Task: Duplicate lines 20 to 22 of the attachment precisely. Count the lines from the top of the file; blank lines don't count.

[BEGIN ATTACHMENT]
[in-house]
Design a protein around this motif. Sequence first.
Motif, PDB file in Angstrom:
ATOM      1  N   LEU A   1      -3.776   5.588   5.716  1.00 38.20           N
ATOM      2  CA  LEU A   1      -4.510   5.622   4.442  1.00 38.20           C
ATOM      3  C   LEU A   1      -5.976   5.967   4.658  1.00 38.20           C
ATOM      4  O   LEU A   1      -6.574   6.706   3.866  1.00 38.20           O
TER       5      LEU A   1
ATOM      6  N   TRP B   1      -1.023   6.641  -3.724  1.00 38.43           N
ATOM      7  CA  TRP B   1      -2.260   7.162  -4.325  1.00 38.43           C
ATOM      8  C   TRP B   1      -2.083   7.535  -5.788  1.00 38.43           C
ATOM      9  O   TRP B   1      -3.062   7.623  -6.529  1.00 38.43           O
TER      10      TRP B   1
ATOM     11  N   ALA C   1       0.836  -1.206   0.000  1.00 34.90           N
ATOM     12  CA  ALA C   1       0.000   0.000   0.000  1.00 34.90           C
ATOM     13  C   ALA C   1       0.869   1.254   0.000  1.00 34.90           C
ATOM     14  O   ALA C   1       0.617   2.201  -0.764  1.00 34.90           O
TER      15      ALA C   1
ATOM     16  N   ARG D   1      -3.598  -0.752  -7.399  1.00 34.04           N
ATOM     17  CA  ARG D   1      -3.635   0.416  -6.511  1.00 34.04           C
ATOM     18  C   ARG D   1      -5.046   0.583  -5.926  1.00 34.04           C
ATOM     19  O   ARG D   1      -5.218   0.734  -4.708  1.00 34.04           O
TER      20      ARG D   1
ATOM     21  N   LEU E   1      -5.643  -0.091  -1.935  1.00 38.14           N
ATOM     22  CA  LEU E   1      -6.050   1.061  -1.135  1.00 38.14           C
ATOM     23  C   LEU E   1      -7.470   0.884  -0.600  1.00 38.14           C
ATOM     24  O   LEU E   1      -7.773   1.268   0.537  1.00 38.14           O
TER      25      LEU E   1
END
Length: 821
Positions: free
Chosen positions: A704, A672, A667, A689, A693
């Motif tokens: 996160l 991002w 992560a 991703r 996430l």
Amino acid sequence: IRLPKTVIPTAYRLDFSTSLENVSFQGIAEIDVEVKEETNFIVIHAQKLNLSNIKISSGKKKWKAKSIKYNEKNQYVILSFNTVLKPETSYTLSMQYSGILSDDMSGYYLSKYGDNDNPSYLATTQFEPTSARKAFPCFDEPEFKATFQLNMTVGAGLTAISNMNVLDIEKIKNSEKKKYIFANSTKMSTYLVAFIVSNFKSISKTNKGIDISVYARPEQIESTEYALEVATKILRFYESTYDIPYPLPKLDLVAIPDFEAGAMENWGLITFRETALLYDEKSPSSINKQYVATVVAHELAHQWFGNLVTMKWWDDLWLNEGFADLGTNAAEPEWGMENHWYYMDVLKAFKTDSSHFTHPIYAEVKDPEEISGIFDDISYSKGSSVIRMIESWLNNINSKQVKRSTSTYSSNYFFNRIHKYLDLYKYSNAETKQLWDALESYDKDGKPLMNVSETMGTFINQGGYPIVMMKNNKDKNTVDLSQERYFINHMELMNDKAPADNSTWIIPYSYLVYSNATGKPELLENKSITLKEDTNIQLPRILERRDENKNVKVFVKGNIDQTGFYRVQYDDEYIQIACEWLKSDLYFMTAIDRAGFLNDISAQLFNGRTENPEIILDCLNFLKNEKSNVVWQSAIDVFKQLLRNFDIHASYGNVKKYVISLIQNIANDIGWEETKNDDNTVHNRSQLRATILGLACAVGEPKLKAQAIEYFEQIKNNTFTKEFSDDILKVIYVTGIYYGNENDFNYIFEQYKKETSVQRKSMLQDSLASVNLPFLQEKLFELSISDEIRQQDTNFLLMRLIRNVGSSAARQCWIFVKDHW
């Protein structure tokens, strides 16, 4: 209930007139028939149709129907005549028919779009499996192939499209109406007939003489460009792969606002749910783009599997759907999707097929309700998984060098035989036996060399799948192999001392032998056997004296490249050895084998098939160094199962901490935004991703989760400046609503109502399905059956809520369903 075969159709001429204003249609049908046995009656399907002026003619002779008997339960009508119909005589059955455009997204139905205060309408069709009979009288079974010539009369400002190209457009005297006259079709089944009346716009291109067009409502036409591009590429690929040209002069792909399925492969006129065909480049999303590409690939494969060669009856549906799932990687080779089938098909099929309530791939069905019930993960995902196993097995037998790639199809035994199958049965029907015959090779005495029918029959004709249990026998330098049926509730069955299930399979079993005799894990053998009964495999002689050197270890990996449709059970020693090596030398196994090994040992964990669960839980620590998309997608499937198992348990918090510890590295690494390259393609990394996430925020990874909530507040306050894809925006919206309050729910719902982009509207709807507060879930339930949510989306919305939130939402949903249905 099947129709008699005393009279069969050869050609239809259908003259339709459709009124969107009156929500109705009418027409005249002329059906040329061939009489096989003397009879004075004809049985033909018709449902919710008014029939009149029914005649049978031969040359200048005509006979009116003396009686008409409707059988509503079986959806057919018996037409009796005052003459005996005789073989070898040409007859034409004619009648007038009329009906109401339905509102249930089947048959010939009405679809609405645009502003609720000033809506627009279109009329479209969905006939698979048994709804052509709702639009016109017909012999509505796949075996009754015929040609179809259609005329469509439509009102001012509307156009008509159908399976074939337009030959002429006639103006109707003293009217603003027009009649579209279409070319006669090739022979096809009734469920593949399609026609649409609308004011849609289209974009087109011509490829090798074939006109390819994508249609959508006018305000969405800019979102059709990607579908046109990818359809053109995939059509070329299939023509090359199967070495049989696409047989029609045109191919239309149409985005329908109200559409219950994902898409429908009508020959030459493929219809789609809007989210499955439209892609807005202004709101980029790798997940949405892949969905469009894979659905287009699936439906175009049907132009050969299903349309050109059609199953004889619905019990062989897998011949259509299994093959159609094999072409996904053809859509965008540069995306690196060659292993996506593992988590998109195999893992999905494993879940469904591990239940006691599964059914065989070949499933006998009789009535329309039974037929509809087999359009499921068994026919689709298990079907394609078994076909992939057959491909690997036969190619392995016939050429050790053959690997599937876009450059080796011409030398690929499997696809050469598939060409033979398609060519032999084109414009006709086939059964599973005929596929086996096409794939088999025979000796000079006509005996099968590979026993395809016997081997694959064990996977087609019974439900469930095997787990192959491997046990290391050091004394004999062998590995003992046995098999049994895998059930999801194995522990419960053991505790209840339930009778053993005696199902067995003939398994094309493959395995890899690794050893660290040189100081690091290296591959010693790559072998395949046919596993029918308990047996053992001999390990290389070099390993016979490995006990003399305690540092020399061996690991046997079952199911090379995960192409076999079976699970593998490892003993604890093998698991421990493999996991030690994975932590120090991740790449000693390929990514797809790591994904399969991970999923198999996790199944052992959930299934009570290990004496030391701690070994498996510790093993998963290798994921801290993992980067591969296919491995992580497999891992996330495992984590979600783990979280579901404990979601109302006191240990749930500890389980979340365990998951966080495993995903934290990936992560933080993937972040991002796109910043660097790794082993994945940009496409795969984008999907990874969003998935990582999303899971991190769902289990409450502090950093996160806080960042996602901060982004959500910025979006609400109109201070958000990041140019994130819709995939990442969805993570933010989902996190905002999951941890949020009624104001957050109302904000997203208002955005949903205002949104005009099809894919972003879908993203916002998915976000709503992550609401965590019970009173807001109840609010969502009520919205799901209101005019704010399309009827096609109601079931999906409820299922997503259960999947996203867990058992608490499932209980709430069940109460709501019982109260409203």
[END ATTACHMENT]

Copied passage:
ATOM     17  CA  ARG D   1      -3.635   0.416  -6.511  1.00 34.04           C
ATOM     18  C   ARG D   1      -5.046   0.583  -5.926  1.00 34.04           C
ATOM     19  O   ARG D   1      -5.218   0.734  -4.708  1.00 34.04           O